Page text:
British households spending on credit and debit cards rose strongly to 88 of its prepandemic average in the week to April 1, its highest since the week before Christmas, the Office for National Statistics said on Thursday.
The figures are not seasonally adjusted, and the ONS said some of the increase was driven by endofmonth spending on households bills and food shopping.
But they add to signs that the economy is beginning to pick up as coronavirus restrictions being to ease following the rollout of vaccines to more than half of Britains adult population.
Payment processor Barclaycard said on Wednesday that spending at golf courses jumped fivefold last week after they reopened to the public, and also reported more contactless payments which it linked to people buying picnic supplies.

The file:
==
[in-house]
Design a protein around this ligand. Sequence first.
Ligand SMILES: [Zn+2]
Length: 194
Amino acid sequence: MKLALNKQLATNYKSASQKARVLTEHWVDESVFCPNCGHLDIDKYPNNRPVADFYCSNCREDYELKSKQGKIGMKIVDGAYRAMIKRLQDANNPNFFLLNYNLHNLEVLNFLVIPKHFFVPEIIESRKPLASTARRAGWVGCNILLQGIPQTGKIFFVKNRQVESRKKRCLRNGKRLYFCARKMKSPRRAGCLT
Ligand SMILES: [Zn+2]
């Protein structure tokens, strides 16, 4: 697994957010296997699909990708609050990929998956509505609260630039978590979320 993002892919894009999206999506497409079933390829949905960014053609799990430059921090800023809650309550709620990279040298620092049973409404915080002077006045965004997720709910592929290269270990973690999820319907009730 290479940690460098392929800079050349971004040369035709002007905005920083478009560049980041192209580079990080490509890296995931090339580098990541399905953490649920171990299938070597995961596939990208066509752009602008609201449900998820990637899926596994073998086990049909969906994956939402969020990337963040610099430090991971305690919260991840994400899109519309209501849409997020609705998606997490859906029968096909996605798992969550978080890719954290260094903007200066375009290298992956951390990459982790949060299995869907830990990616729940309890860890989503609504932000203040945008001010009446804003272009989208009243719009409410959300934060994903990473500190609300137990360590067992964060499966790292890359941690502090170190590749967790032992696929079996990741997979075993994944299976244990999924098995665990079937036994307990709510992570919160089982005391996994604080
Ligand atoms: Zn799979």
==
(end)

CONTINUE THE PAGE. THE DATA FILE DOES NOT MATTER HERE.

Construction activity last month recorded its biggest jump since 2014, as businesses restarted mothballed projects in anticipation of shops, pubs and restaurants reopening next week, and recruiters reported the biggest increase in hiring of permanent staff in six years.
This week the International Monetary Fund revived up its growth forecast for Britain this year to 5.3, but it does not see Britains economy recovering its precrisis size until next year, much slower than the U.S. and Japanese economies.
The Bank of England expects rapid initial growth but has warned that there could be a long overhang of unemployment and underemployment after government support is withdrawn.
The ONS said…